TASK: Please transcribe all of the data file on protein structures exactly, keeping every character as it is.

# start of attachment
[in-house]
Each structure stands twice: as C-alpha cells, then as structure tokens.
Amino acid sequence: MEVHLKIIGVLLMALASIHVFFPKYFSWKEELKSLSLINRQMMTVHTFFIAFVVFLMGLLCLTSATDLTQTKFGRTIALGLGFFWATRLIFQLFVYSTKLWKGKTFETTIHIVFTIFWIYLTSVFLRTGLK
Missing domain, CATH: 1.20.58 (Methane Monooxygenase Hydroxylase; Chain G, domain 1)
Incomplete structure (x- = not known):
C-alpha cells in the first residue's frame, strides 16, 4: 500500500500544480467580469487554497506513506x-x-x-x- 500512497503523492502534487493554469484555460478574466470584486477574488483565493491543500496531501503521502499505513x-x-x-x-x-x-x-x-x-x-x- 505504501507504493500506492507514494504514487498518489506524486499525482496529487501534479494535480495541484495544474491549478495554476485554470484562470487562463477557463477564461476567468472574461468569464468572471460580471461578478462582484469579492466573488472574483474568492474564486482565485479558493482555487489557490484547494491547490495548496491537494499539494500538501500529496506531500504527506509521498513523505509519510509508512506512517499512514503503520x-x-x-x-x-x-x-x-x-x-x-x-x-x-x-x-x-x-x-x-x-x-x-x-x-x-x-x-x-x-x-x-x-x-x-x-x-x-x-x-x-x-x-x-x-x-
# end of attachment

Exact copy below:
[in-house]
Each structure stands twice: as C-alpha cells, then as structure tokens.
Amino acid sequence: MEVHLKIIGVLLMALASIHVFFPKYFSWKEELKSLSLINRQMMTVHTFFIAFVVFLMGLLCLTSATDLTQTKFGRTIALGLGFFWATRLIFQLFVYSTKLWKGKTFETTIHIVFTIFWIYLTSVFLRTGLK
Missing domain, CATH: 1.20.58 (Methane Monooxygenase Hydroxylase; Chain G, domain 1)
Incomplete structure (x- = not known):
C-alpha cells in the first residue's frame, strides 16, 4: 500500500500544480467580469487554497506513506x-x-x-x- 500512497503523492502534487493554469484555460478574466470584486477574488483565493491543500496531501503521502499505513x-x-x-x-x-x-x-x-x-x-x- 505504501507504493500506492507514494504514487498518489506524486499525482496529487501534479494535480495541484495544474491549478495554476485554470484562470487562463477557463477564461476567468472574461468569464468572471460580471461578478462582484469579492466573488472574483474568492474564486482565485479558493482555487489557490484547494491547490495548496491537494499539494500538501500529496506531500504527506509521498513523505509519510509508512506512517499512514503503520x-x-x-x-x-x-x-x-x-x-x-x-x-x-x-x-x-x-x-x-x-x-x-x-x-x-x-x-x-x-x-x-x-x-x-x-x-x-x-x-x-x-x-x-x-x-